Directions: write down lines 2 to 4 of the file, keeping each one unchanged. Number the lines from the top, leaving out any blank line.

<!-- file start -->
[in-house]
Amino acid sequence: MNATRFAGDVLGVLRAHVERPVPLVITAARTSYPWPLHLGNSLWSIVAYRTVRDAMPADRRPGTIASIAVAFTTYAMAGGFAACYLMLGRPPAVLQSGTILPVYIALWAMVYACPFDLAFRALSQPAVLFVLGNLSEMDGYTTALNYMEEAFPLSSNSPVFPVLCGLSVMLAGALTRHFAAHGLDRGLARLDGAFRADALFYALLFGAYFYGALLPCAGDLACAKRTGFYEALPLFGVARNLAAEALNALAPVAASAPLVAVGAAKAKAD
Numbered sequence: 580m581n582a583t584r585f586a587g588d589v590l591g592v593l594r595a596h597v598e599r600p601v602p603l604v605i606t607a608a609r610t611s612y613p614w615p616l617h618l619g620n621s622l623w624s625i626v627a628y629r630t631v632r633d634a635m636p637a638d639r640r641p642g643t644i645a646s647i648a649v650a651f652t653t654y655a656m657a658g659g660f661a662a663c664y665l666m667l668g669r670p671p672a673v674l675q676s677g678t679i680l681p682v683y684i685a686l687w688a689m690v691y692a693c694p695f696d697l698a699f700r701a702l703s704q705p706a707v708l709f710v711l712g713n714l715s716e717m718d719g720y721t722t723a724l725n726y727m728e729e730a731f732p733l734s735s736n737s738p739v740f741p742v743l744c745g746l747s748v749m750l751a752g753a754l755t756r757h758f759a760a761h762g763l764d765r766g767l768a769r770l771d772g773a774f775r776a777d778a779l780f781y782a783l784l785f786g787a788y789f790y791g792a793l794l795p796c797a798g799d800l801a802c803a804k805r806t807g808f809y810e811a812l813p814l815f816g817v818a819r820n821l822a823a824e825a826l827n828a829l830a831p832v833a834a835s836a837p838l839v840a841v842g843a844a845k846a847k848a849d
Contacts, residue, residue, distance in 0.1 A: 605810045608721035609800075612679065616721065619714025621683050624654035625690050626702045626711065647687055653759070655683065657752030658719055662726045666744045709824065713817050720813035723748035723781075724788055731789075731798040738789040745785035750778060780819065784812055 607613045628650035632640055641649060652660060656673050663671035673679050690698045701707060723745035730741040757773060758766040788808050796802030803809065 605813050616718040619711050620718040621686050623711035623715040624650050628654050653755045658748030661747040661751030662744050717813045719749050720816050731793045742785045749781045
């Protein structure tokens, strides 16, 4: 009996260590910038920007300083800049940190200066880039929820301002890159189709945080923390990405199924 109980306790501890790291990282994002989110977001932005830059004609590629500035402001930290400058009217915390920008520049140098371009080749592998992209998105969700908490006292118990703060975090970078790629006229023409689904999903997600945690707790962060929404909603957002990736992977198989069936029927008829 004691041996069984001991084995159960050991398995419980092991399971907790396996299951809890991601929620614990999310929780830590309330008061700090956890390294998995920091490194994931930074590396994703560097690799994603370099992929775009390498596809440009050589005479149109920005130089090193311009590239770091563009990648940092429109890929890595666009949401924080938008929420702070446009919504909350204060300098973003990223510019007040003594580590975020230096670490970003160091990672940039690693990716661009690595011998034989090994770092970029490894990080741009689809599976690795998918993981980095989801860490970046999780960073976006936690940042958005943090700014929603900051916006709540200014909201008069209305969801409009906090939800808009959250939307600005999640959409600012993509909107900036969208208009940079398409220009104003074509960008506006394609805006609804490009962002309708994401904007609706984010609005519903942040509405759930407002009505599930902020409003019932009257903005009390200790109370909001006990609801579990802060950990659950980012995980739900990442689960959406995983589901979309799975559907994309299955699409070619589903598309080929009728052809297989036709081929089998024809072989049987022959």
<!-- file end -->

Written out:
Amino acid sequence: MNATRFAGDVLGVLRAHVERPVPLVITAARTSYPWPLHLGNSLWSIVAYRTVRDAMPADRRPGTIASIAVAFTTYAMAGGFAACYLMLGRPPAVLQSGTILPVYIALWAMVYACPFDLAFRALSQPAVLFVLGNLSEMDGYTTALNYMEEAFPLSSNSPVFPVLCGLSVMLAGALTRHFAAHGLDRGLARLDGAFRADALFYALLFGAYFYGALLPCAGDLACAKRTGFYEALPLFGVARNLAAEALNALAPVAASAPLVAVGAAKAKAD
Numbered sequence: 580m581n582a583t584r585f586a587g588d589v590l591g592v593l594r595a596h597v598e599r600p601v602p603l604v605i606t607a608a609r610t611s612y613p614w615p616l617h618l619g620n621s622l623w624s625i626v627a628y629r630t631v632r633d634a635m636p637a638d639r640r641p642g643t644i645a646s647i648a649v650a651f652t653t654y655a656m657a658g659g660f661a662a663c664y665l666m667l668g669r670p671p672a673v674l675q676s677g678t679i680l681p682v683y684i685a686l687w688a689m690v691y692a693c694p695f696d697l698a699f700r701a702l703s704q705p706a707v708l709f710v711l712g713n714l715s716e717m718d719g720y721t722t723a724l725n726y727m728e729e730a731f732p733l734s735s736n737s738p739v740f741p742v743l744c745g746l747s748v749m750l751a752g753a754l755t756r757h758f759a760a761h762g763l764d765r766g767l768a769r770l771d772g773a774f775r776a777d778a779l780f781y782a783l784l785f786g787a788y789f790y791g792a793l794l795p796c797a798g799d800l801a802c803a804k805r806t807g808f809y810e811a812l813p814l815f816g817v818a819r820n821l822a823a824e825a826l827n828a829l830a831p832v833a834a835s836a837p838l839v840a841v842g843a844a845k846a847k848a849d
Contacts, residue, residue, distance in 0.1 A: 605810045608721035609800075612679065616721065619714025621683050624654035625690050626702045626711065647687055653759070655683065657752030658719055662726045666744045709824065713817050720813035723748035723781075724788055731789075731798040738789040745785035750778060780819065784812055 607613045628650035632640055641649060652660060656673050663671035673679050690698045701707060723745035730741040757773060758766040788808050796802030803809065 605813050616718040619711050620718040621686050623711035623715040624650050628654050653755045658748030661747040661751030662744050717813045719749050720816050731793045742785045749781045